In collaboration with other lenders, IFC also provided a financing package to support the construction of a 500-megawatt wind farm in the Navoi region, which is also being built by Masdar. Capable of powering 500,000 homes, it will be the largest facility of its kind in Central Asia — and, incidentally, the largest wind farm IFC has ever sponsored.

Together with our state and private sector partners, we are currently exploring the use of shallow geothermal energy for heating and cooling buildings. Utilizing this energy source within the country can help reduce reliance on gas and electricity and ease the burden on the grid. We are currently mapping the licensing and permit processes, as well as the local production and distribution of heat pumps. Additionally, we are exploring regulatory and incentive policies to encourage investments, promote the expansion of surface geothermal solutions, and implement surface geothermal projects in the country.

And finally, just recently, a financial package for a 250-megawatt solar photovoltaic plant has been signed between the World Bank Group, Masdar, and the government of Uzbekistan. This new solar power plant, to be constructed in the Alat district of the Bukhara region, will provide clean, reliable electricity access to approximately 75,000 households. In addition, the project introduces an innovative battery energy storage system (BESS) component that will help improve the efficiency and flexibility of the power system, providing greater security of supply and helping to mitigate the intermittency of renewable generation. The project, which IFC also acted as transaction advisor to the government, marks Central Asia's first renewable energy initiative with an integrated BESS component.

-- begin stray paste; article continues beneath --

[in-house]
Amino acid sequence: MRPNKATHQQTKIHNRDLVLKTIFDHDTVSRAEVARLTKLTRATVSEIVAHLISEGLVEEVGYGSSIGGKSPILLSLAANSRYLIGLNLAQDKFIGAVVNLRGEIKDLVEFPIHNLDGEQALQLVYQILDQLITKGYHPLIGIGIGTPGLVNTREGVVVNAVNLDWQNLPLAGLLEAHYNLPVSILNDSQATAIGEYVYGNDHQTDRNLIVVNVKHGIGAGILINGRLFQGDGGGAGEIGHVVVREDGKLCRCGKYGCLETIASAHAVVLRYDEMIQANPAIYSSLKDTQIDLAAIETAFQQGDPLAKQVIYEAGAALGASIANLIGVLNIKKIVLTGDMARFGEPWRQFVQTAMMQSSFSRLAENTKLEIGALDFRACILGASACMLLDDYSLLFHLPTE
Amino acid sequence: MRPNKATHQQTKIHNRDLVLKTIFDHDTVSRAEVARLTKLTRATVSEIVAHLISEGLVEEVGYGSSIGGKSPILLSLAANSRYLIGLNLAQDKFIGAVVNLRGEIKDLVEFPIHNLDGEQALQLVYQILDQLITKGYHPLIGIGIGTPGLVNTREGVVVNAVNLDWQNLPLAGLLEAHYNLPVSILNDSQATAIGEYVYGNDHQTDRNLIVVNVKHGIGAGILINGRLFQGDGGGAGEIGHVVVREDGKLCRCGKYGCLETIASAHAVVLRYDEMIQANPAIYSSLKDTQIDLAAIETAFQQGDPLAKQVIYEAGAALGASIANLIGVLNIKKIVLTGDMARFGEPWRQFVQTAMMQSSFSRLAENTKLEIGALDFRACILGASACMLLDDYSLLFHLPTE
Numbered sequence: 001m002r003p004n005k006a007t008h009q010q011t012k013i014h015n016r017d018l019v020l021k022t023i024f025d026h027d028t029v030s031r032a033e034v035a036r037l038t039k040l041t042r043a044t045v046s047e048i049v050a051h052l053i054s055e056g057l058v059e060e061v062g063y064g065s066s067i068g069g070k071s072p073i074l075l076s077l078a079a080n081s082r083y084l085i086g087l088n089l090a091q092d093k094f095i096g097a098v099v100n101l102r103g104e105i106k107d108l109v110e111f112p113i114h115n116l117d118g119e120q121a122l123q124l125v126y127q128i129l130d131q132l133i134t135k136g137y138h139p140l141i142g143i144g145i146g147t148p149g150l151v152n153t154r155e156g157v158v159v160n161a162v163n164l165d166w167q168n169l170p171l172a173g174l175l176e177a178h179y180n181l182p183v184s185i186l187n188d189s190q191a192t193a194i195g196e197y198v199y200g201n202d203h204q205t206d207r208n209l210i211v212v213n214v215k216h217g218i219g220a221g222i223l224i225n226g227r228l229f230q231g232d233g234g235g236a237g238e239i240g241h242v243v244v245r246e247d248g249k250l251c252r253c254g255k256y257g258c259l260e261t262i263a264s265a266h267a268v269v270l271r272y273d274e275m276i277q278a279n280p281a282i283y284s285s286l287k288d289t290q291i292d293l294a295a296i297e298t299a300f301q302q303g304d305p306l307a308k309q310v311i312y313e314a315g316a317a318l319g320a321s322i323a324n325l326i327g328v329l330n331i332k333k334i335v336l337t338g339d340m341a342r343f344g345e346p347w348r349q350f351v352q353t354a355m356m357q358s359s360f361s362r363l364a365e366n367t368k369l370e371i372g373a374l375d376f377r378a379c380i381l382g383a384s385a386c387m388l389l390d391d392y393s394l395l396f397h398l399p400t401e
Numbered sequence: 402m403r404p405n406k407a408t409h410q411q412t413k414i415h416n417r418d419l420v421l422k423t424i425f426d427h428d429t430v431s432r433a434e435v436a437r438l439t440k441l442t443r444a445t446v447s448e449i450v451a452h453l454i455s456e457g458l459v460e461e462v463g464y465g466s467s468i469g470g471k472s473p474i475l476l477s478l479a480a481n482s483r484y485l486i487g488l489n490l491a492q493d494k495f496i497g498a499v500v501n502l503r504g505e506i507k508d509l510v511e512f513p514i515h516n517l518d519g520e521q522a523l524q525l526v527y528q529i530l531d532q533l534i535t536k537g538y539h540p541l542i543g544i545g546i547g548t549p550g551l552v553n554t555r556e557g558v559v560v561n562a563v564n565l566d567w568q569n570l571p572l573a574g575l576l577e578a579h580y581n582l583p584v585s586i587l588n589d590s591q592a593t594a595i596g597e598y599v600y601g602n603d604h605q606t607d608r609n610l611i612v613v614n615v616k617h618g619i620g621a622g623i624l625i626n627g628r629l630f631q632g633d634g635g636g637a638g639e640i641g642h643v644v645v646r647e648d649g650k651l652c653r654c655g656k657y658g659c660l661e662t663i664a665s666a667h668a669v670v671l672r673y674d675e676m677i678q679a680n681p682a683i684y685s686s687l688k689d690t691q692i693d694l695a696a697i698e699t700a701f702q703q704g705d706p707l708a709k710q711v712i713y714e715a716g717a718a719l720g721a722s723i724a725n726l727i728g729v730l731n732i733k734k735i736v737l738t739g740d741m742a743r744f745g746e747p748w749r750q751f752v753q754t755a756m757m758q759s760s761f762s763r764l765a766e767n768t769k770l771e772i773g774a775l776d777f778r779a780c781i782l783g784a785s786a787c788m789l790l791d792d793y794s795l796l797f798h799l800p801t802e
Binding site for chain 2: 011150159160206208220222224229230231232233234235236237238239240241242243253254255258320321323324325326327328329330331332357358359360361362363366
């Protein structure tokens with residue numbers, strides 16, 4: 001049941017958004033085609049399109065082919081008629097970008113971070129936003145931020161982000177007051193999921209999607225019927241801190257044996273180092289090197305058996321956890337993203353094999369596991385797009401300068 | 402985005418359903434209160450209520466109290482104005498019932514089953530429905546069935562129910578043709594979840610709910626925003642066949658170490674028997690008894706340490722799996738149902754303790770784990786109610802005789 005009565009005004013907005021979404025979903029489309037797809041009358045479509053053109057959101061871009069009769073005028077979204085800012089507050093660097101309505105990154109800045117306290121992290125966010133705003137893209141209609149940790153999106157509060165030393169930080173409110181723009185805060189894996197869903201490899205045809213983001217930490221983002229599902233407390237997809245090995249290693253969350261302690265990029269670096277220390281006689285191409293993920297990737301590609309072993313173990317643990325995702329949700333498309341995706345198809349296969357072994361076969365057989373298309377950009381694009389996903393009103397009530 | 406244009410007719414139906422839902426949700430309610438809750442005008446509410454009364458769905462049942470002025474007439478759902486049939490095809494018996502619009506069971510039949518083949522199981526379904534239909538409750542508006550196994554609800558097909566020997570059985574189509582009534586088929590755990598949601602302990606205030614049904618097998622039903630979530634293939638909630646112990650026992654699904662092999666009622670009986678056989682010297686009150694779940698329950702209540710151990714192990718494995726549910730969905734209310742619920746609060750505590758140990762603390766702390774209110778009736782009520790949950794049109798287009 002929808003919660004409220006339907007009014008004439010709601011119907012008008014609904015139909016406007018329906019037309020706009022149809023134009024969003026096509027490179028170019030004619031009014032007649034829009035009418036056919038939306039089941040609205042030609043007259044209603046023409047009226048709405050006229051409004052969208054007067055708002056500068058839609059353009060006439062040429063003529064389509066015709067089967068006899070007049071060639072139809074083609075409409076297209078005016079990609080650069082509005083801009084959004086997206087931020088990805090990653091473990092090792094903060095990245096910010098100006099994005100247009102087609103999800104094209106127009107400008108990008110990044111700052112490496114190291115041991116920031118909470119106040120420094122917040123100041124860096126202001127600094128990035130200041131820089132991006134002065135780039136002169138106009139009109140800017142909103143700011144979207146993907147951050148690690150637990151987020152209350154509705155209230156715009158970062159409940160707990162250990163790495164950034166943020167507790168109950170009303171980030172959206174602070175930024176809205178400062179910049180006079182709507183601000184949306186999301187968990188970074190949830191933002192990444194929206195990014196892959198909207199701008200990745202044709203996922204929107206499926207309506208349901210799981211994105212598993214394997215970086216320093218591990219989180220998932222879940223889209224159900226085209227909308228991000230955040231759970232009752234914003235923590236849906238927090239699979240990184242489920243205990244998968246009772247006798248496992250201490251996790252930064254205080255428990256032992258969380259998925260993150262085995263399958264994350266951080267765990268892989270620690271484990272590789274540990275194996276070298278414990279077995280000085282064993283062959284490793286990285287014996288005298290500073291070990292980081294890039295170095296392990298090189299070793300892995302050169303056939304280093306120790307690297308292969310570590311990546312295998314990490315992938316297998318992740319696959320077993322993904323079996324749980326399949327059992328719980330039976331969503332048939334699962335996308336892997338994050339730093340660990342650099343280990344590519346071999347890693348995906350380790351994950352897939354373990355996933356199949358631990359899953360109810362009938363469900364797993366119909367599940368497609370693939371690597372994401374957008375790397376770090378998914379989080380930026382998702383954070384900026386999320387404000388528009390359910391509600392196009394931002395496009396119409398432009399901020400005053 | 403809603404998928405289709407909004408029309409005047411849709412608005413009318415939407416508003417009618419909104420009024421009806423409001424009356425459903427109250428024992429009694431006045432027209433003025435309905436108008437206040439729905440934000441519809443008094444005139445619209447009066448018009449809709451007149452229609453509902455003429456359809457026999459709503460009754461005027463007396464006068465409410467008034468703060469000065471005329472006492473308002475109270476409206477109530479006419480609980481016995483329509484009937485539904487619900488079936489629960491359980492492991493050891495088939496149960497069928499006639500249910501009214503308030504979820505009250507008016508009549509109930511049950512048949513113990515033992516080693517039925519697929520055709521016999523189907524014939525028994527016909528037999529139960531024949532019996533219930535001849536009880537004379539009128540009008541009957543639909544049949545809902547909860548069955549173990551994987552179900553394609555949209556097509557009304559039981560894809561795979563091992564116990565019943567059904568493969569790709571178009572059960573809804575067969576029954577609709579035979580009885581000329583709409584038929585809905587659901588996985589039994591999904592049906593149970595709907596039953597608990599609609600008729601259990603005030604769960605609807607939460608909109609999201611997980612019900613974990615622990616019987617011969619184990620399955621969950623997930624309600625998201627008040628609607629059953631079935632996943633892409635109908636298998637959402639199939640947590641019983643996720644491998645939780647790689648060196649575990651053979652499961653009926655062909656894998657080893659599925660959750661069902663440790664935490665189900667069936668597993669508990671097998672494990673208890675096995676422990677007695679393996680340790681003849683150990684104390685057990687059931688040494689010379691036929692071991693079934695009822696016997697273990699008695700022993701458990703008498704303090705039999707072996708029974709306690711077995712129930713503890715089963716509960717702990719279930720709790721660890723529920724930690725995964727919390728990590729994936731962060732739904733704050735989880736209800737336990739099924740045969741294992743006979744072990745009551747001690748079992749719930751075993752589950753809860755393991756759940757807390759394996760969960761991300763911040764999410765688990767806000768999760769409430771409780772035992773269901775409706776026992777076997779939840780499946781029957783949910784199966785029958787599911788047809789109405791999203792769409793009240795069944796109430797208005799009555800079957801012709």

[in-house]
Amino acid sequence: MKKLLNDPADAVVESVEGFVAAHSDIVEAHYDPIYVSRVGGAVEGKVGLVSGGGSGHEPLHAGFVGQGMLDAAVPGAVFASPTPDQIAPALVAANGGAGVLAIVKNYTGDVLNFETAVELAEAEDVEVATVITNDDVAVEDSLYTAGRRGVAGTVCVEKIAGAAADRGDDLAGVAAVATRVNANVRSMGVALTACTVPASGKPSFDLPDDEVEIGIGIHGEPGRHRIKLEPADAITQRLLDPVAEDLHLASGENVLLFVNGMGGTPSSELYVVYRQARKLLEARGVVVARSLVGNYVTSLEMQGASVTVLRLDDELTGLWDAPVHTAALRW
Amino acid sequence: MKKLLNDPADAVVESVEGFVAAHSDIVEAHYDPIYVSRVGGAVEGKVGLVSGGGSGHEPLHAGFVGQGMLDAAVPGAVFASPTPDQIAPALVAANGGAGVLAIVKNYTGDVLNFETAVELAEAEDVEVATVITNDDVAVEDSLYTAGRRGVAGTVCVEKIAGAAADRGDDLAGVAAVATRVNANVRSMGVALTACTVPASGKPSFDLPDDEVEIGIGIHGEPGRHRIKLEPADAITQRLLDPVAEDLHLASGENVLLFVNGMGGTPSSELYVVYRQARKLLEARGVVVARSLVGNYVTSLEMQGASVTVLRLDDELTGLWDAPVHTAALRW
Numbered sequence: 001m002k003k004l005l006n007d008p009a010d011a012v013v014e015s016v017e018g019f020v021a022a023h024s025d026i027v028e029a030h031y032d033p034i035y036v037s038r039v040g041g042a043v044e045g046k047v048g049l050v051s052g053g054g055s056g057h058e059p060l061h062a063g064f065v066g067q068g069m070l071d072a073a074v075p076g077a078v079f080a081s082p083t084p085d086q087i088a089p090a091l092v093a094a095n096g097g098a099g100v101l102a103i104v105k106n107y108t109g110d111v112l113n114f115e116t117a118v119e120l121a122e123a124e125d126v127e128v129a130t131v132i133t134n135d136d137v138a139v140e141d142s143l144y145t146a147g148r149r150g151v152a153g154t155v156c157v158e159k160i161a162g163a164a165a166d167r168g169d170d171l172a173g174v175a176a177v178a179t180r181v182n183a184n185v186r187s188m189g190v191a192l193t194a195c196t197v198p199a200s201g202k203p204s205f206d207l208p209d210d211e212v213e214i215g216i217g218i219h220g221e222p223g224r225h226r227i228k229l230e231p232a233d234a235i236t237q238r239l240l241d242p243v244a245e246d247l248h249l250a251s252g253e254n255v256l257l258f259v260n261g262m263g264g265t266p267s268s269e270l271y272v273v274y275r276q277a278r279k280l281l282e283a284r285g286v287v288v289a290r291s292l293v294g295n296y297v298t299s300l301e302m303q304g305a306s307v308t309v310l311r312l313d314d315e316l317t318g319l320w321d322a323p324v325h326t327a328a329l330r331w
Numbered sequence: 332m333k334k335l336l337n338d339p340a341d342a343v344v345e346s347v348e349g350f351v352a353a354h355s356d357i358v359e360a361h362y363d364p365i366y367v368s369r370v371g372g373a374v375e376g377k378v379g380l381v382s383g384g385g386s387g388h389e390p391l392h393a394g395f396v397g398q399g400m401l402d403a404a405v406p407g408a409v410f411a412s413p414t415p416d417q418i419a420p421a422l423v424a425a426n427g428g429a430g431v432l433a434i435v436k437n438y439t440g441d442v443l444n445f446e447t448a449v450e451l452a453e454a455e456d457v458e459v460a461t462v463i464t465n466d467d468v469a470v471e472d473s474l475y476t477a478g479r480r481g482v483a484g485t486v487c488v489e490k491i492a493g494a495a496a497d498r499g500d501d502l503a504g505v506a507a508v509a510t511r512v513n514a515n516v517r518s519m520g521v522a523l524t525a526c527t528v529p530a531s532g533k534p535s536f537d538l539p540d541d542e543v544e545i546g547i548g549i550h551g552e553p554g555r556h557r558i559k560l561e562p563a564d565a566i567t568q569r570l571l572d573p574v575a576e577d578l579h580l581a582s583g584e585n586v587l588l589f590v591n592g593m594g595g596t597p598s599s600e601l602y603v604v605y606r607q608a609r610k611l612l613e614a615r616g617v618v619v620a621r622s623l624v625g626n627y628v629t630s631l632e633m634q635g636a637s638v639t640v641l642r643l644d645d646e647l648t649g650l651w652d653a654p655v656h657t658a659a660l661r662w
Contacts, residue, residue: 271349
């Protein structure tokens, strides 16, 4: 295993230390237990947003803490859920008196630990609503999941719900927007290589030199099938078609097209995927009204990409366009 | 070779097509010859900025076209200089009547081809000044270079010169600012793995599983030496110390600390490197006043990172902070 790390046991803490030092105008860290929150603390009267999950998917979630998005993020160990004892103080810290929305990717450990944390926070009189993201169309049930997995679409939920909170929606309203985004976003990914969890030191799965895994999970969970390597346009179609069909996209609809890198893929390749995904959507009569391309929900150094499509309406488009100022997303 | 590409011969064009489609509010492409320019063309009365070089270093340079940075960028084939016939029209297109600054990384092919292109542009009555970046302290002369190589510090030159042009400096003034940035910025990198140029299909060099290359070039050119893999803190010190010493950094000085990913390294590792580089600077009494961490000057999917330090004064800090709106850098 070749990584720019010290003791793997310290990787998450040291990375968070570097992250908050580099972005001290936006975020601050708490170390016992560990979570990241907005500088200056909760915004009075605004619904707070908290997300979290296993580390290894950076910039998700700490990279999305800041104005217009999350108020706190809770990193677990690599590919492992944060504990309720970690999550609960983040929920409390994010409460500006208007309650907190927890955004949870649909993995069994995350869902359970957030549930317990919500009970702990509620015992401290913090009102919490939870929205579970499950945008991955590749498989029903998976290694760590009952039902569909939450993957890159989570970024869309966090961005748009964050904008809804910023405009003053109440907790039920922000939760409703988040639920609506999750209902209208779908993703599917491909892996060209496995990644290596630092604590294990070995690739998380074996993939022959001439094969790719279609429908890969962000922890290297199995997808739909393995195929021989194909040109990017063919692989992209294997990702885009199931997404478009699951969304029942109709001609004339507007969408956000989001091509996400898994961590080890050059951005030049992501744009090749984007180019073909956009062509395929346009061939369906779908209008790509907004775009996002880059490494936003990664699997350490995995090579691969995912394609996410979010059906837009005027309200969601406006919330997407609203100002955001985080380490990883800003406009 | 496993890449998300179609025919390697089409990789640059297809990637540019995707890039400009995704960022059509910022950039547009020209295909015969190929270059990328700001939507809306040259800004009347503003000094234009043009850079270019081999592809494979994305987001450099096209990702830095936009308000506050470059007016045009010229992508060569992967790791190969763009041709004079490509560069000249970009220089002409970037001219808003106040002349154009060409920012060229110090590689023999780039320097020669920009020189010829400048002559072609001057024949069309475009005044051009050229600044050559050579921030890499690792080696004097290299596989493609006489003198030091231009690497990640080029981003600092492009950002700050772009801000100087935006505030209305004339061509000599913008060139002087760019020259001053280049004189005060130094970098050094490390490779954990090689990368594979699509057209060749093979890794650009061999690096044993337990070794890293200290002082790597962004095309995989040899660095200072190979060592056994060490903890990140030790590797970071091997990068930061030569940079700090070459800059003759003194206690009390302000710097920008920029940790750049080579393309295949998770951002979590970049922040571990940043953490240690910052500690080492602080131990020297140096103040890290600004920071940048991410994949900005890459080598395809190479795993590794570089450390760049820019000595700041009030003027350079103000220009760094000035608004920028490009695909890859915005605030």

Could you please tell a bit more about the battery energy storage system technologies?

One key innovation in the solar energy sector is the integration of battery energy storage systems. These systems are crucial for addressing the intermittent nature of solar power, as they store excess energy produced during peak sunlight hours and make it available during periods of low solar generation or high demand. This not only ensures a stable energy supply but also enhances the efficiency of solar plants.

The battery energy storage market is at a critical juncture in its evolution, with prices and technologies expected to become even more favorable over time. The technology is now cost-effective for various applications, both on- and off-grid, in countries around the world. However, most of the new project development and associated benefits are concentrated in developed economies.

In Uzbekistan, the use of innovative battery storage with solar plants is still new, but the potential benefits are significant. Battery storage can help stabilize the national grid, reduce reliance on fossil fuels, and provide a more reliable power supply to remote areas. It can also support the country's goals of reducing greenhouse gas emissions and transitioning to a more sustainable energy system.